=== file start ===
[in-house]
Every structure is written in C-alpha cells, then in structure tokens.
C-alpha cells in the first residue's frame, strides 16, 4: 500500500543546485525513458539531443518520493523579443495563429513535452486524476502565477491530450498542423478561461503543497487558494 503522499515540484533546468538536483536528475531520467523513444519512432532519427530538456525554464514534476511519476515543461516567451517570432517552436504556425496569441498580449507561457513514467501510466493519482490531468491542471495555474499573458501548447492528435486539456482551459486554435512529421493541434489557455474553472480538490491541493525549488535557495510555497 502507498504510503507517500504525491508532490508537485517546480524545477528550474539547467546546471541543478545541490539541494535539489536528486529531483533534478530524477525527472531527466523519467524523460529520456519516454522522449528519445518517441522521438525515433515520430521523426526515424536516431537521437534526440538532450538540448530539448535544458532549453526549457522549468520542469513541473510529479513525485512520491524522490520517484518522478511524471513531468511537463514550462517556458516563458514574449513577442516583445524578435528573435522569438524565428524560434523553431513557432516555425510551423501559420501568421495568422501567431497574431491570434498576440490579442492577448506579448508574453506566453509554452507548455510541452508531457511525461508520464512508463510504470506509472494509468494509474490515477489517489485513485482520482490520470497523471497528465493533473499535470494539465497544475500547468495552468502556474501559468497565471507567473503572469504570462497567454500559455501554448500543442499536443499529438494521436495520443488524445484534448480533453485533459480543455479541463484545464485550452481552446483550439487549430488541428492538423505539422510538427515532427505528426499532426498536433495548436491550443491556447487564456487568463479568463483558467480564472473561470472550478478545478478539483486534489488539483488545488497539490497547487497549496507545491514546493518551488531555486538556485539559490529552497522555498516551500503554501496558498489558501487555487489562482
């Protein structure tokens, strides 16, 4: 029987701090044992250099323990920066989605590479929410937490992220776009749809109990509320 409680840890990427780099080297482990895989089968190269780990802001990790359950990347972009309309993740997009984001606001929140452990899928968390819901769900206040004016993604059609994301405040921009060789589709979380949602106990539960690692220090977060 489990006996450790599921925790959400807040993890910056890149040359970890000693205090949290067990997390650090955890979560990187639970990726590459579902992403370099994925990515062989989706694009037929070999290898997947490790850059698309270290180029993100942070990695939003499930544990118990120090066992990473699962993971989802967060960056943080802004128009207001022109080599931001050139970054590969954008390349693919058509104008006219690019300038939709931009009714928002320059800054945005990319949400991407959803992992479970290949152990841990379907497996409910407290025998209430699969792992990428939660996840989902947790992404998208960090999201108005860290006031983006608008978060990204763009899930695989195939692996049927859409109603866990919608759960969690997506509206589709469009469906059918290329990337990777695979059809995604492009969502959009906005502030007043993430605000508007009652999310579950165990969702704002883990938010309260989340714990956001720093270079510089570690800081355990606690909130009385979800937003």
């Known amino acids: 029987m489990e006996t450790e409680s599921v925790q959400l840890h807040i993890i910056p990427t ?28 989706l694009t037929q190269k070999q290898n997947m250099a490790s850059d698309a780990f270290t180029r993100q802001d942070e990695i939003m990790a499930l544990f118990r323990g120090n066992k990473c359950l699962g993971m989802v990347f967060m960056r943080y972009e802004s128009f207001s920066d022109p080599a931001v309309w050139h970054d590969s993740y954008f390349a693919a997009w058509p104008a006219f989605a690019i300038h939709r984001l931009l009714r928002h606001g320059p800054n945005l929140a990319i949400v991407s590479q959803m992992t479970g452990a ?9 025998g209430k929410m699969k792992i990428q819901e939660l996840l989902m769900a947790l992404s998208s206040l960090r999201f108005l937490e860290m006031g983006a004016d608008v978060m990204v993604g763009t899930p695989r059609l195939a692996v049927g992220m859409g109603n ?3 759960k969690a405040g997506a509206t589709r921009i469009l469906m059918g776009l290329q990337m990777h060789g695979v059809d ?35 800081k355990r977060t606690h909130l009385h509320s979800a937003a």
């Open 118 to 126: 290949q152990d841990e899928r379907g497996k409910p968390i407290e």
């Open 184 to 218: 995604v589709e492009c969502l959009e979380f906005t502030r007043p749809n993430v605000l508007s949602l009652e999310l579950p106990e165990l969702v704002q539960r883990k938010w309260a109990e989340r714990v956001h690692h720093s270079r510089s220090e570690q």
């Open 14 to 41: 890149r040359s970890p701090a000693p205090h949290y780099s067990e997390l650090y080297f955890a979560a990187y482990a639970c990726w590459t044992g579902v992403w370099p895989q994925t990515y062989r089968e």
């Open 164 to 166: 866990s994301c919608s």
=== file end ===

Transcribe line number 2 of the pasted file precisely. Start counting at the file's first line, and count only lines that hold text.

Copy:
Every structure is written in C-alpha cells, then in structure tokens.